In 1988, the nation’s ecological crown jewel, Yellowstone National Park, nearly burned to the ground. More than a third of the park, roughly 1.2 million acres burned.
The devastating fire finally awakened the nation to the crisis in our national forests that forest scientists had been warning us about for years – the forests had too many trees.
A century of fire suppression sought by loggers, ranchers and conservationists had turned our national forests into crackling tinder boxes choked with trees.
The forests needed thinning. After nearly losing Yellowstone, that seemed like good national policy.
And we promptly set about doing nothing.
Then came 2000-2004, when the Western United States nearly went up in flames. Roughly 28 million acres of wildlands (about the size of Kentucky) burned in those four years, including more than 21 million acres of forest.
Arizona, Colorado, Oregon, Alaska, and New Mexico all experienced the largest most devastating fires in their modern histories. Among them were the 500,000-acre Biscuit fire in Oregon, the 490,000-acre Rodeo-Chediski fire in Arizona and the 1.7 million-acre Taylor Complex fire in Alaska.
The 2002 fire season prompted President George W. Bush to propose and Congress to pass in 2003 the Healthy Forests Initiative, which would spend $750 million over 20 years thinning about 20 million acres of the nation’s forests with the highest fire danger.
Few forests have been thinned. Congress didn’t fund it. Loggers hated it and deemed it commercially unworkable. Environmentalists hated it and dubbed it “No tree left behind,” arguing that it relied too heavily on logging.
Between 2003 and 2009, more than 170 lawsuits were filed nationally to prevent or change forest-thinning plans. Among those who wanted a say in how the forests were thinned and which forests were thinned were environmentalists, loggers, ranchers, cities, landowners and Native American tribes. As a result, only about 1 million acres have been thinned.
In Arizona, more than 1 million acres of ponderosa pine forest were identified in need of thinning but only a few thousand acres, mostly around Flagstaff, have been thinned as the thinning plan spent most of its time in U.S. District Court.
Finally in 2009, the Forest Service, loggers, ranchers and environmentalists reached an accord and agreed on a plan.
They drew up a map that stretched from Flagstaff to Springerville along the Mogollon Rim. On the western edge the map looked like a Target store sign with Flagstaff in the middle. In the center of the map along the Rim it looked like a snake that had swallowed a rabbit, with a big bulge in the middle.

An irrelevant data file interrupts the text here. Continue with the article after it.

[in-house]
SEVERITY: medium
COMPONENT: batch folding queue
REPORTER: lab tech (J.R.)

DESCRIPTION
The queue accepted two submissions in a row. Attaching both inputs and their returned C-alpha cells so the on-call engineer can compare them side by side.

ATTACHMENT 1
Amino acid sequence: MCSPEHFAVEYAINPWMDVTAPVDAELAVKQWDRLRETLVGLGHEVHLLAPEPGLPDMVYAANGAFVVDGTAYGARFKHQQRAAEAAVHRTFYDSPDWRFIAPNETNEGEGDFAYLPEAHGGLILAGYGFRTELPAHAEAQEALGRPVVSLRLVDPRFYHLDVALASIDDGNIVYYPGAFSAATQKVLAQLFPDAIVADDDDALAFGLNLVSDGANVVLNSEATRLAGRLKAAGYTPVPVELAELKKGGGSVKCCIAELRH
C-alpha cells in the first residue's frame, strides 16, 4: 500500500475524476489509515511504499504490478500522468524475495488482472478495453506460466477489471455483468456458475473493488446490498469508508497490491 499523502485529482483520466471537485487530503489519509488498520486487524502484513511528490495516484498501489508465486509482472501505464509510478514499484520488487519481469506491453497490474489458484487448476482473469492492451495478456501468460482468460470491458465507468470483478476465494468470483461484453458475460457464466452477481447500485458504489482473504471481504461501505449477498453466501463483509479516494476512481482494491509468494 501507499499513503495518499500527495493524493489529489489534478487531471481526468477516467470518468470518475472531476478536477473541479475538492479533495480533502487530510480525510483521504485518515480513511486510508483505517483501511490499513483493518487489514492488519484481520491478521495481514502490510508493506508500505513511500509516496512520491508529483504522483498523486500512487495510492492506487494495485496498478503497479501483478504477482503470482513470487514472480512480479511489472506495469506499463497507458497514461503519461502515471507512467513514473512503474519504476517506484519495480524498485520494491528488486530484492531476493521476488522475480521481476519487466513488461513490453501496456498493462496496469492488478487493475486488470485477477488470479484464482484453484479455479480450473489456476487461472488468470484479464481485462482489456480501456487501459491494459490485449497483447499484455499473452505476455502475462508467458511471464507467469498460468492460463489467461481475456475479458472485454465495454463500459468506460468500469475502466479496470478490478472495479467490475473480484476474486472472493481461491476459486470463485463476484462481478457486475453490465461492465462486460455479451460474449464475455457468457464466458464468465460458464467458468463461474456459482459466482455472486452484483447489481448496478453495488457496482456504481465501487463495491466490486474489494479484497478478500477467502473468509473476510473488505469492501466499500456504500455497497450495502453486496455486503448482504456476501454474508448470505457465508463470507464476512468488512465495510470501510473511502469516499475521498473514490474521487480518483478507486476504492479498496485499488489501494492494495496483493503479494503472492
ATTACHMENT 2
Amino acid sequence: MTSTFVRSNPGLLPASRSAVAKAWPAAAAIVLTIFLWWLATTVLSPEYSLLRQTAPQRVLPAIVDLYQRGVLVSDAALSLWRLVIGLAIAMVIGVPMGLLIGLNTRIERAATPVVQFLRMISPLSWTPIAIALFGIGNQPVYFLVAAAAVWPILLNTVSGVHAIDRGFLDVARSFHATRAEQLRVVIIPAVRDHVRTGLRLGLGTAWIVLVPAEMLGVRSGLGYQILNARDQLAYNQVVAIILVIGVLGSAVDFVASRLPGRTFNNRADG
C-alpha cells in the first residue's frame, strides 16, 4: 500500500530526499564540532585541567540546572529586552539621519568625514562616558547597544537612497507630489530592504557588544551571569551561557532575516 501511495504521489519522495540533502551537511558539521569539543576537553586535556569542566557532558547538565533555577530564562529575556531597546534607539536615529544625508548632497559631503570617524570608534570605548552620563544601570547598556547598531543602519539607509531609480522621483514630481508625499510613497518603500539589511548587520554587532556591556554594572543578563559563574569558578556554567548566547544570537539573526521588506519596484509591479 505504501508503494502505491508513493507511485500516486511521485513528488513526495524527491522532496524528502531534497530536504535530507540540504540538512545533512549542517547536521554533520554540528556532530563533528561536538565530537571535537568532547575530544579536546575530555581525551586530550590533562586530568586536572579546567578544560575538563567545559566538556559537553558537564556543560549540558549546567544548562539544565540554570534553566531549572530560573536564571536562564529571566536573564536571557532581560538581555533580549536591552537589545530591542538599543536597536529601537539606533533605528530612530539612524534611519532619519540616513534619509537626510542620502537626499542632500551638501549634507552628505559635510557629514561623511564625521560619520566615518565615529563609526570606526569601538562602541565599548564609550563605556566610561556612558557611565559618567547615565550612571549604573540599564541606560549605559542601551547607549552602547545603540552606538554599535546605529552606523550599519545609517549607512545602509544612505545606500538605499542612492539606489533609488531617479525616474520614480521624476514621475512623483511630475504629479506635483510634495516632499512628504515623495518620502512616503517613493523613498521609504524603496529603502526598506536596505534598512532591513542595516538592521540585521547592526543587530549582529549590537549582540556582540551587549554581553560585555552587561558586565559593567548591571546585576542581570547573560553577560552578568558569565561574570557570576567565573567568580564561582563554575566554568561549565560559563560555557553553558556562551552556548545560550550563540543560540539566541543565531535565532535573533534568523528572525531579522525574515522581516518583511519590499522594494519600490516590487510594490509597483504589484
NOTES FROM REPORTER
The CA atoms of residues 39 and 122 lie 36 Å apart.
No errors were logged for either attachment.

But on the far eastern part of the map it was nice, neat rectangle. Starting in Springerville and heading south the rectangle straddled U.S. Route 191 with the boundary about 10 miles on either side of the highway. The box stretched to a few miles south of Hannagan Meadow.
Inside the rectangle were a collection of 9,000-foot peaks, some of the state’s largest stands of alpine trees, the state’s biggest herds of elk, and high-mountain lakes and streams filled with trout. And it was packed with trees.
Well, not anymore.
See, that rectangle also encompasses the entirety of the Wallow fire, which has charred more than 400,000 acres to date and is still going strong.
The Forest Service and the others who reached that historic accord two years ago can scratch that rectangle off the thinning map. That section is quite thin, now.
In the six years since the passage of HFI, another 51 million acres of wildlands (roughly the size of Kansas) have burned, including about 42 million acres of forest.
At this rate, what with all the bickering and lawsuits and lack of funding, we’ll have no forests left to thin in 20 years.
The final, brutal irony of these fires is the cost to put them out. Of the $750 million identified for HFI, about 10 percent was to be spent in Arizona.
So far, the estimated cost to put out the Wallow, Horeshoe 2 fire and Murphy fires, three of the largest fires in modern Arizona history that have consumed about 600,000 acres of forest land, is about $60 million and climbing, or nearly the total HFI would have spent in Arizona between 2004 and 2024, assuming Congress had funded it.
Perhaps if we’d spent $60 million thinning forests the past six years, the state’s forests would be full of people enjoying the cool mountain summers instead of full of fire fighters desperately trying to save them.